Just finished loading some 160 grain 0.358 sns bullets in 9mm Winchester brass. Used the Lee FCD and these very long bullets were loaded to 1.12 oal.  https://www.snscasting.com/38-357-160-grain-round-nose-red-coated-1000ct/   No worries, they case gauge in a Hundo gauge aok (except the occasional reject) and work in a tight chambered Ruger GP100 wheel gun. 

 

Looking at the 9mm saami drawings I do not see specs for internal taper of brass thickness, but it seems like, with the Winchester brass at least, any tapered thickness increase is offset by the increase in outside diameter from nose to base. 

 

For what it is worth. 

 

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53 minutes ago, Wolerine19D said:

Where can you get the Gen 5 Glocks done for $25?  I hate how short you have to load just for them.  They seem to be even shorter then the CZ's on average.  Why Glock done this is beyond me, the old barrels worked great.  And they went from being able to eat just about anything to being extremely finicky about cartridge length.  Other then that the Gen 5's seem to have some nice upgrades in regards to springs and some other parts. 

 

I am entirely with you on that one. Love the Gen 5's guns but struggle with how tight the new barrels are. They are tighter though, and I feel a smidge more accurate so there is that to say.

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1 hour ago, dspring said:

 

I am entirely with you on that one. Love the Gen 5's guns but struggle with how tight the new barrels are. They are tighter though, and I feel a smidge more accurate so there is that to say.

I had thought about seeing how hard it would be to get the barrel throated but figured it would be more then it was worth.  If it can truly be done for about $25 as mentioned above it would be a worthwhile upgrade in my opinion.  That said if you have the G19 or G19X or G45 you can use a Gen 4 barrel in them which you can often pick up for $60-80 used. 

 

I believe the Gen 2-3 barrel will work as well but would probably stick with the Gen 4 to be safe since it has the same type of recoil spring. 

 

The grip texture on the Gen 4-5's is very nice over the smoother 1-3, and getting rid of the finger grooves on the front was also very nice.  I do not like the cutout at the bottom of the grip on the shorter G19 which is the same on Gen 2s as well but doesn't bother me on G17's and I believe the latest ones are solid in this area now.  The ambi safety doesn't matter much to me if anything I'd take it off but the improved trigger spring and takedown spring as well as the upgraded safety plunger are all great upgrades.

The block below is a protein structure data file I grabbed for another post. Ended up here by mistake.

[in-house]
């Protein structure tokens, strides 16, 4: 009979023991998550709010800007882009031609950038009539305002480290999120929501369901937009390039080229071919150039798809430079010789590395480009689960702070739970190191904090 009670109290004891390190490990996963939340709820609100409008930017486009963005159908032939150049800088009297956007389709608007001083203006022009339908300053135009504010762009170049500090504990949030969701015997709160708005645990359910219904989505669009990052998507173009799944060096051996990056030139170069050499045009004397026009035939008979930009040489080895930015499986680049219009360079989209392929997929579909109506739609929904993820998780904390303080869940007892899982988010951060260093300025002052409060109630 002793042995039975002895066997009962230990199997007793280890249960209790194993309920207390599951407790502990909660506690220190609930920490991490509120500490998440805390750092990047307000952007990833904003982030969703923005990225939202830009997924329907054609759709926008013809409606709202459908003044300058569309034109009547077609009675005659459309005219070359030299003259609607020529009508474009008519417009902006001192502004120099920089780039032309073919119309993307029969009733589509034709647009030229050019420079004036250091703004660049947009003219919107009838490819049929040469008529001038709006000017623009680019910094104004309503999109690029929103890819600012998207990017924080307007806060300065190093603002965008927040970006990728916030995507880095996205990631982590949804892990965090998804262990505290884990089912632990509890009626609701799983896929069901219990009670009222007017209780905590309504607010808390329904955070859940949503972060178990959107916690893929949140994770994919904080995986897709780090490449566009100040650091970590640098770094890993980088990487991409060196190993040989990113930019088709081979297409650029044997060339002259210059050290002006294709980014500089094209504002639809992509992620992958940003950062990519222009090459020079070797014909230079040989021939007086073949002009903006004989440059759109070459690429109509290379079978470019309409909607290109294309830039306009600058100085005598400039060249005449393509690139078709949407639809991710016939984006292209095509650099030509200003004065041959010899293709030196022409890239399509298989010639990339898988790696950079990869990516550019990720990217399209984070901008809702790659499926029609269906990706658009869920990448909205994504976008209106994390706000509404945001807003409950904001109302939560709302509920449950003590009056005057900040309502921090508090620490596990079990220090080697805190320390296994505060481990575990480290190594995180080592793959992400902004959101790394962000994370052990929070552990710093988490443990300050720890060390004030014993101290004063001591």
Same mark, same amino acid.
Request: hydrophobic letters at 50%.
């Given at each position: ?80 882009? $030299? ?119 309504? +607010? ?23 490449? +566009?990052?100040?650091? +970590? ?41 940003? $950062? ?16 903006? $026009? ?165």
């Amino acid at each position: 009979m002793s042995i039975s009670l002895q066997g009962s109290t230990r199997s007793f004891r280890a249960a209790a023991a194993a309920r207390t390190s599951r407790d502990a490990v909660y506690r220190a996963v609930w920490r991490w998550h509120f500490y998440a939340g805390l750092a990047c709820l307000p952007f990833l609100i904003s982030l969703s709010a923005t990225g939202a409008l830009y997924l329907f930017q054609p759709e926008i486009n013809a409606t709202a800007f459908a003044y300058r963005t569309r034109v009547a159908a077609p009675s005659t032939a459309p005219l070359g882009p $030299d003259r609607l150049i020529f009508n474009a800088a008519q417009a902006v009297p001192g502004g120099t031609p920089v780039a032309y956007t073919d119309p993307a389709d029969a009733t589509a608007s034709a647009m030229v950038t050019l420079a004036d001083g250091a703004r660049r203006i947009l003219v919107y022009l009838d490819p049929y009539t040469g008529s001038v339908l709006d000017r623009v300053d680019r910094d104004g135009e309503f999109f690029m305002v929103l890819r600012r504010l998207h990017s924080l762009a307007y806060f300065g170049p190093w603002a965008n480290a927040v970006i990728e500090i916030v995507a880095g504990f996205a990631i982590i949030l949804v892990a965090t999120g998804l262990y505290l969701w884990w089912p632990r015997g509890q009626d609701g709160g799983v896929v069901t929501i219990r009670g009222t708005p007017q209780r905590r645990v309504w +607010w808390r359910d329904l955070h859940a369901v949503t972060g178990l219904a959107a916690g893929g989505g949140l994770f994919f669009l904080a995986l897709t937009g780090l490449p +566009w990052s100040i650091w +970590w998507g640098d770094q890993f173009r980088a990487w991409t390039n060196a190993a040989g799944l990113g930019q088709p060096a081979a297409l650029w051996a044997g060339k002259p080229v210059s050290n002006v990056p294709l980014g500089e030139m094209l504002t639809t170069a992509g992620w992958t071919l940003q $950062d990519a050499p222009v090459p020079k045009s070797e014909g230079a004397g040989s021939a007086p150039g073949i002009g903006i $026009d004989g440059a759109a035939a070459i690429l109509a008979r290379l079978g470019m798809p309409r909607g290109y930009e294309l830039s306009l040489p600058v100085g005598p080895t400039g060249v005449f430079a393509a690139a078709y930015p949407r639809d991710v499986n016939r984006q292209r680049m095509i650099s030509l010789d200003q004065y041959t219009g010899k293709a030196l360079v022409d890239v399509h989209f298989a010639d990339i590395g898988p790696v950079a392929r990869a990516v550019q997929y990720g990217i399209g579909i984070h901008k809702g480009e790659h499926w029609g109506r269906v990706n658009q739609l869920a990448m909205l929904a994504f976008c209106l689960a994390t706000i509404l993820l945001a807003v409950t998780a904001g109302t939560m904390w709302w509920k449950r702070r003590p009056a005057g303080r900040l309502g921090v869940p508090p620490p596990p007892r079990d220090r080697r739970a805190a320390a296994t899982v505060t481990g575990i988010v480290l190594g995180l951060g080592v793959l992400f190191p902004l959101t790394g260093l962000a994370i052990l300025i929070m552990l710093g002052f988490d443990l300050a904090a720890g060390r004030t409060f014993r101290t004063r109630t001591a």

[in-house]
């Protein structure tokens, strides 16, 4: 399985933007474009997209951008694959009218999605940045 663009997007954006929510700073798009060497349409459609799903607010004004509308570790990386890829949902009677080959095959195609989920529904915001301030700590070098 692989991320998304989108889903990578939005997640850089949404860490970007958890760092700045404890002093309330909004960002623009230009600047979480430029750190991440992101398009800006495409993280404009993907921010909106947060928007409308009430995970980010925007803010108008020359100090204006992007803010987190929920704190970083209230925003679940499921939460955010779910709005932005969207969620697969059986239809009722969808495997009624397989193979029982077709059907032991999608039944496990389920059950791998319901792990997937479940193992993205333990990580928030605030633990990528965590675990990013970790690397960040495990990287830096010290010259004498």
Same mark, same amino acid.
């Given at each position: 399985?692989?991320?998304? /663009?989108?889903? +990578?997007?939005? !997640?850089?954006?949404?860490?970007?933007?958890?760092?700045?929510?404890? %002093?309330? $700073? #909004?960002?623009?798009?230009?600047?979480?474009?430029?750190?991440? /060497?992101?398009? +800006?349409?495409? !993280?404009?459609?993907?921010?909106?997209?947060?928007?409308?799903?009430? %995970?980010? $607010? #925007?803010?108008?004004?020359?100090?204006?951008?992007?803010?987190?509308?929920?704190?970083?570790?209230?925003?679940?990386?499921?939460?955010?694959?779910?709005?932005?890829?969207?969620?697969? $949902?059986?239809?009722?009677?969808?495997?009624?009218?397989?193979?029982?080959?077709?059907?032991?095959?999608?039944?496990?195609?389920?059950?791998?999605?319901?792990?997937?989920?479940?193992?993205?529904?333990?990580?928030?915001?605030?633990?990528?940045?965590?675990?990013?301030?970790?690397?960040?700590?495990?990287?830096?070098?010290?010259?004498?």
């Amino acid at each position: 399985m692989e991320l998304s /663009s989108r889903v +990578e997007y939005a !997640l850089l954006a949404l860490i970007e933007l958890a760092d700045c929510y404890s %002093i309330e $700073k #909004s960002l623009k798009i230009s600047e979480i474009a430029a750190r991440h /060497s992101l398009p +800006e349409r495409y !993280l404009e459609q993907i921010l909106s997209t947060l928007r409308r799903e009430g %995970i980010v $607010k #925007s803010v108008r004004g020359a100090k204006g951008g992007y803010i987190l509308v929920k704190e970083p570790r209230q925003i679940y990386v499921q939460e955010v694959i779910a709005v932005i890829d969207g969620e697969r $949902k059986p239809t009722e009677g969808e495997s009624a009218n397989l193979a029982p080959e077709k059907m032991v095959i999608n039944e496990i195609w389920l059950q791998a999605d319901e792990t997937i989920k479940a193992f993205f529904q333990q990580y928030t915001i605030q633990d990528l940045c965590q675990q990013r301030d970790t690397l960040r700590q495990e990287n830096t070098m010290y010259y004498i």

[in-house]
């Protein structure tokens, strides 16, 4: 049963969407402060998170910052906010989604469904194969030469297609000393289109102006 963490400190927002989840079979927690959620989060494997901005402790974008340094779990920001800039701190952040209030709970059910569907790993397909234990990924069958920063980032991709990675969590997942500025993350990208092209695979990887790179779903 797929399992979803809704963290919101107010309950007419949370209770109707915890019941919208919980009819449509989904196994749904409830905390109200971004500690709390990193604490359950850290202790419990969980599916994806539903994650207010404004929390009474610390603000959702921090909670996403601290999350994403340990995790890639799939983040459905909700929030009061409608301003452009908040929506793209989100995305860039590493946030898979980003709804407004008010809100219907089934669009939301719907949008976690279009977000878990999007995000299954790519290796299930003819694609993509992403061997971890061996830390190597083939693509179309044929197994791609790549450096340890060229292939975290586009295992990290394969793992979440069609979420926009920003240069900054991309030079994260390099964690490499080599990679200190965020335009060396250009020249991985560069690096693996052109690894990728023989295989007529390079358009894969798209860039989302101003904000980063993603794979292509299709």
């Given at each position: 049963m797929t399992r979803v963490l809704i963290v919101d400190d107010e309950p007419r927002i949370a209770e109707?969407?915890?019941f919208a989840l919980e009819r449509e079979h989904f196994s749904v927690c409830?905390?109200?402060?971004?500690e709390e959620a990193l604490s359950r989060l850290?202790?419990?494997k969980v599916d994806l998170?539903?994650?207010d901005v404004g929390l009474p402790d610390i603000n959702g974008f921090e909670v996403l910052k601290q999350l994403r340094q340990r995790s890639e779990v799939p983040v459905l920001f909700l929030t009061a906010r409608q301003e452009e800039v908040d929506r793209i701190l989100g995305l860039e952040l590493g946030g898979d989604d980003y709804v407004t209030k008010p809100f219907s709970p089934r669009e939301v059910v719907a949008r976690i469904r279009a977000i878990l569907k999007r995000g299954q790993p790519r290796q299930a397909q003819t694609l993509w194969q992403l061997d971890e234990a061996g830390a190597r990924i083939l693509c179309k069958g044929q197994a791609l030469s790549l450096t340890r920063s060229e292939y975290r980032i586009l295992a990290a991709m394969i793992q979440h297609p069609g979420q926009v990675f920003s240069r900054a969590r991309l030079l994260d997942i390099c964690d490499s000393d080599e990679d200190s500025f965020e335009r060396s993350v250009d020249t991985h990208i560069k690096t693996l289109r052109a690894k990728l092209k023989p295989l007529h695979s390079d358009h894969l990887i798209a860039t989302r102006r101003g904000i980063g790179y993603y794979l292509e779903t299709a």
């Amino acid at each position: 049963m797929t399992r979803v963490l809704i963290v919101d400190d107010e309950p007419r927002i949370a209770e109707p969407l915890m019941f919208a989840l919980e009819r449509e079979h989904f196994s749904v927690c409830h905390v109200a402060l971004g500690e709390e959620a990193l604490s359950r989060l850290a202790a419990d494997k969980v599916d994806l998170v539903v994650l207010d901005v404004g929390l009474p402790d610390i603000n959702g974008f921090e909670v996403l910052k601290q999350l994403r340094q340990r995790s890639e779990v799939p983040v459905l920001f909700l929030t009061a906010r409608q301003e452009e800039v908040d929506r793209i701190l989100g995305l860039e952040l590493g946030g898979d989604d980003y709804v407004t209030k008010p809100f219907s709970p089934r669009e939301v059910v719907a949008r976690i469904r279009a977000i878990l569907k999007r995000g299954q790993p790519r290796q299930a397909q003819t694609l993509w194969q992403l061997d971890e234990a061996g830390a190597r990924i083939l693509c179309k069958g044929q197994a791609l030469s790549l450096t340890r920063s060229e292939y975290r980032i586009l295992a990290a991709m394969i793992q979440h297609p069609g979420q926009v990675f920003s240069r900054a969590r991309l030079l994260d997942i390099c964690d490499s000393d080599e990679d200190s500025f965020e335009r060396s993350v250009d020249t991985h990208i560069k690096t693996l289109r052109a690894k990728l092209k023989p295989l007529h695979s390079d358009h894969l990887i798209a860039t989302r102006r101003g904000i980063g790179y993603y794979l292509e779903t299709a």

Everyone always complains that the Glock doesn't upgrade enough with it's models and that they are all about the same. To me that is a good thing since I don't see much room for improvement.  When they get to messing with their "improvements" you end up with things like the short throat that causes issues, or MIM parts and junk extractors.  I don't shoot well enough to tell the difference, all of my barrels shoot better then I can.  I would much rather have the added reliability of being able to feed whatever round was in the mag. 

 

If Glock would just listen to customers a little better we would have had the Gen 5 design 20+ years ago.  But they don't seem to listen very well, and still send out the older style ejectors in the Gen 3 and 4 Glocks instead of upgrading them all with the Gen 5's.  And the constant Extractor issues since they switched to MIM parts is also very frustrating.  Brass to face and erratic extraction is very common on the 9mm guns made after about 08-09.  An Apex extractor and the Gen 5 ejector seems to cure 99.9% of the issues, but it shouldn't be an issue to start with. 

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3 hours ago, IHAVEGAS said:

 

Just finished loading some 160 grain 0.358 sns bullets in 9mm Winchester brass. Used the Lee FCD and these very long bullets were loaded to 1.12 oal.  https://www.snscasting.com/38-357-160-grain-round-nose-red-coated-1000ct/   No worries, they case gauge in a Hundo gauge aok (except the occasional reject) and work in a tight chambered Ruger GP100 wheel gun. 

 

Looking at the 9mm saami drawings I do not see specs for internal taper of brass thickness, but it seems like, with the Winchester brass at least, any tapered thickness increase is offset by the increase in outside diameter from nose to base. 

 

For what it is worth. 

 


Winchester makes some pretty good brass. I don’t sort mine by headstamp and tend to collect a hodgepodge of less spectacular stuff, which has been loaded half a dozen times. Potentially for an Open gun at least once. I don’t pay for brass, so I don’t mind when a few of them fail to gauge out of a thousand... but I work to keep that number low.
 

This is the most likely reason I’ve noticed this trend which many others haven’t, but I can assure you that loading long does help a little bit.

 

 

Edited by MemphisMechanic